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FTTx in the Real World Demands Precision

Oct. 15, 2019
Fusion Splicing Choices Matter — Given the size of the US market and the growing demand for data across both fixed and mobile networks, there is continuous pressure for operators […]

Fusion Splicing Choices Matter —

Given the size of the US market and the growing demand for data across both fixed and mobile networks, there is continuous pressure for operators to invest in fiber networks to push connectivity closer to the customers. In addition, 5G, Massive IoT and Big Data bring new use cases that require operators increase their investment in FTTx networks.

Fiber is the method of choice for operators because of its scalability, security, and ability to handle the vast amounts of backhaul traffic being generated. It can handle the increased speed demands with lower attenuation and over much longer distances than traditional copper-based technologies like Digital Subscriber Line (DSL) and cable.

Precision Delivers Low Loss

Fiber deployment requires very complex and precise fusion splicing technology to ensure high-quality connections. With such an intricate but necessary function, network operators need to choose fusion splicers carefully as they can affect the quality of the network.

Quite simply, fusion splicing is the method of fusing 2 glass fibers together. It is achieved through heat and precision. Generated by an electric arc, high temperature is applied to 2 glass fiber ends in order to fuse them together.

Due to the extremely high accuracy that is needed, a fusion splicing machine is used. to align the fiber cores and apply the exact amount of heat to melt the ends before pressing them together. Once the fibers are aligned, the splicer fires an electric arc between the 2 ends, which melts them immediately and fuses them into 1 piece of fiber.

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Vital to achieve this is the mechanical strength of the fusion splicer as well as its optical insertion loss. Ensuring the splicing occurs in a highly visible environment enables the operator to work closely with the fibers to make an accurate, precise connection for seamless connectivity.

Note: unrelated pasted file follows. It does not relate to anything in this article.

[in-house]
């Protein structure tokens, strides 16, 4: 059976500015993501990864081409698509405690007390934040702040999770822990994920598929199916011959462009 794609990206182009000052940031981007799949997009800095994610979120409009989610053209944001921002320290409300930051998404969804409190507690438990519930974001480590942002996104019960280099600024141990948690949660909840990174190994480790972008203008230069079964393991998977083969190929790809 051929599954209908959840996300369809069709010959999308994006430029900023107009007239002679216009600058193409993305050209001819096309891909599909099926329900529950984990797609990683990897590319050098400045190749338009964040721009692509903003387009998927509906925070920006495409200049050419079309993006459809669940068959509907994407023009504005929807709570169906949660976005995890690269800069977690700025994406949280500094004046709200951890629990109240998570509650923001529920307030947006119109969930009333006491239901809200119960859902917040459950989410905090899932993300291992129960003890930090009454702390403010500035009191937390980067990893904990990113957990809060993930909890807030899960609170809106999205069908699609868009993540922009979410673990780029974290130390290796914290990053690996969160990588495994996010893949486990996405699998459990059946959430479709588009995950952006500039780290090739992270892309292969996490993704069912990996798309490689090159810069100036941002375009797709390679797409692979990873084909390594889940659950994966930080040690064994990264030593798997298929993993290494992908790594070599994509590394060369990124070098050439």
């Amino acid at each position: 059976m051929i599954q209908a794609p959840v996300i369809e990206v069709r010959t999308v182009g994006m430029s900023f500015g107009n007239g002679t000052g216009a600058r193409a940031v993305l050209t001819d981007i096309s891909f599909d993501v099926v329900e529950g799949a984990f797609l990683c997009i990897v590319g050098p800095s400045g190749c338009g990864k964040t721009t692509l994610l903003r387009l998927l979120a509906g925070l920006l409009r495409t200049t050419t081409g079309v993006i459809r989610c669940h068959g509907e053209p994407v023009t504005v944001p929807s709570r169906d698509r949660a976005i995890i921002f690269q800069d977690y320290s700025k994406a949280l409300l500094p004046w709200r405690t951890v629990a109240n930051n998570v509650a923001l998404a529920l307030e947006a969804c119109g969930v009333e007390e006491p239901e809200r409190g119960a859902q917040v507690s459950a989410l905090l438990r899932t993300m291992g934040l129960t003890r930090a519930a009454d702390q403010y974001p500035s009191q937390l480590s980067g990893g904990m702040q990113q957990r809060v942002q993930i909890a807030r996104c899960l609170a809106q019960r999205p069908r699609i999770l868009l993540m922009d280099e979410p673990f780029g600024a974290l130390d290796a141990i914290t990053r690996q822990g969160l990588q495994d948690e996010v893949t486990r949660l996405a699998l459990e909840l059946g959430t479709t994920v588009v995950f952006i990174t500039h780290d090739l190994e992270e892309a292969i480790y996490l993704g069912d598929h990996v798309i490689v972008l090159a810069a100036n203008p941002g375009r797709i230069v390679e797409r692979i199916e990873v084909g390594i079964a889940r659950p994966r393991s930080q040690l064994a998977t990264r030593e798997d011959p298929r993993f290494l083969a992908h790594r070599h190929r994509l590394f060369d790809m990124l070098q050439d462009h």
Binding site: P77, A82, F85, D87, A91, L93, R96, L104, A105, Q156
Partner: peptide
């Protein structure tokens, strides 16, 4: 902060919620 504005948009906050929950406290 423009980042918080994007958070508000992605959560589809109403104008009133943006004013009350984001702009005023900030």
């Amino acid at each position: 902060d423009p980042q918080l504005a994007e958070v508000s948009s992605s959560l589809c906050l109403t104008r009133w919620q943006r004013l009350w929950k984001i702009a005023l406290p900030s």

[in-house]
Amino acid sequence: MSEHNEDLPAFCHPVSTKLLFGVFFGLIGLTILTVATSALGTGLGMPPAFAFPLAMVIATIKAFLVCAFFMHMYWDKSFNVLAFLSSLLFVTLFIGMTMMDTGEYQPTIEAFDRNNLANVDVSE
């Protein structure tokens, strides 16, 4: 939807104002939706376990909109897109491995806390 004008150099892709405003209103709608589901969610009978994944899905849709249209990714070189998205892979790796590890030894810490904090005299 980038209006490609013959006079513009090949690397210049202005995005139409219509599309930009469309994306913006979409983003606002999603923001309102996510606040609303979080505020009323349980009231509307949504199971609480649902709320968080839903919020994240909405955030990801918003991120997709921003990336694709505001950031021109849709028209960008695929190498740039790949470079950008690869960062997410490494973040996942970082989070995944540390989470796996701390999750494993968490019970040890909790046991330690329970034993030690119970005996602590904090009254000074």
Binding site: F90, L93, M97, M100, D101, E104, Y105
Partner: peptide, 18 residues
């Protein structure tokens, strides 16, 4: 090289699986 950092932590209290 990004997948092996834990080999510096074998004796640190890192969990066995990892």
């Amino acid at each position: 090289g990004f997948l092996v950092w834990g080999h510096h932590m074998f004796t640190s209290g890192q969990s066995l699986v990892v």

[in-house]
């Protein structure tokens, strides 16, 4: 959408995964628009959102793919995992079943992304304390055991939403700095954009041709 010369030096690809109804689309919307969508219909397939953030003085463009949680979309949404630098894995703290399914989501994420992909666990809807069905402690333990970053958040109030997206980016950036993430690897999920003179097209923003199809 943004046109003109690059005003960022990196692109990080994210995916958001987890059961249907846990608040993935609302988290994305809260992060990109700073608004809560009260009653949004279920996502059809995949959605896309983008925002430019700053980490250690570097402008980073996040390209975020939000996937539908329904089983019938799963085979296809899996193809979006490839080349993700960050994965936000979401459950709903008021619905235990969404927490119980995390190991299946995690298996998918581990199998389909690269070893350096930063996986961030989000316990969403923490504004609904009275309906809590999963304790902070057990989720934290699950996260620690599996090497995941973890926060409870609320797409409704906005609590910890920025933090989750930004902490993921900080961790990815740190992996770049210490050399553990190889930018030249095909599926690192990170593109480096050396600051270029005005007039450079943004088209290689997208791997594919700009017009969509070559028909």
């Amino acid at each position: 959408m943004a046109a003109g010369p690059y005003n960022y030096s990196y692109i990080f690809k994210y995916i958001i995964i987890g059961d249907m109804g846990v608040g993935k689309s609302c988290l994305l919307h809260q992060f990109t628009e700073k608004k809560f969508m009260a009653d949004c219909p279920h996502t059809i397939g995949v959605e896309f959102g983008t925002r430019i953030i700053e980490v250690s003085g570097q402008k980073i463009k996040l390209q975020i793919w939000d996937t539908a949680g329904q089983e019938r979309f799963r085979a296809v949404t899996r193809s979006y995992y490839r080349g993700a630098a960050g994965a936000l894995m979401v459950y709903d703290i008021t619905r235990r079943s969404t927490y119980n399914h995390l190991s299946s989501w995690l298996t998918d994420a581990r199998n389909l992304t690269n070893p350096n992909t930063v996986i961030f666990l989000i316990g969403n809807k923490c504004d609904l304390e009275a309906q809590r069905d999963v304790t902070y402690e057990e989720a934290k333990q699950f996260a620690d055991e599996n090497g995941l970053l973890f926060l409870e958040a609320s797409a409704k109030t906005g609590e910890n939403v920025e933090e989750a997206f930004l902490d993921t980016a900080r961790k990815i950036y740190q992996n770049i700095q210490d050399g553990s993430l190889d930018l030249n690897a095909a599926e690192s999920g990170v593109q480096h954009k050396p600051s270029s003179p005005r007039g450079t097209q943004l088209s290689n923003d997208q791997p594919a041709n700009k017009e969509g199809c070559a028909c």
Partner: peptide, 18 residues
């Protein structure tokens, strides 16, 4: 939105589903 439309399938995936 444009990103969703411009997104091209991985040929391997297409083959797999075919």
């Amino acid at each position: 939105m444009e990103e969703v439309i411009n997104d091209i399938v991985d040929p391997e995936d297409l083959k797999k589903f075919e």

Due to the size and delicate nature of fiber, the practice of fusion splicing can be very challenging. During the process, it is possible for some optical power to be lost due to contamination, environmental stressors, fiber glass breakage or damage. Splicing is successful only when the fusion of 2 fibers connect seamlessly without compromising the fiber optic connection. Therefore, reducing the risks of losing optical power is key to expand connectivity.

During splicing there is a maximum splice loss threshold which, if exceeded, can prohibit the optical circuit from functioning. The ideal splice loss target is <0.05 dB per splice. A high splice loss, over 0.1dB, will compromise the optical power. With very little room for error, the ideal fusion splicer selected for operation must deliver results in that target zone.

To maximize the optical power connection during fusion splicing, the fusion splicer selected for operation must perform with precision, accuracy, and speed. In order to choose the ideal splicer, network providers should ask these 2 questions about the splicer they plan to purchase:

Question 1: How does the alignment system perform?

This is vital role in positioning of the 2 fiber ends for seamless fusing. There are 2 types of alignment methods:

Type 1. Core Alignment
A core-alignment system uses a combination of image and light detection systems that "view" the fiber cores to measure and monitor the core position during the alignment process.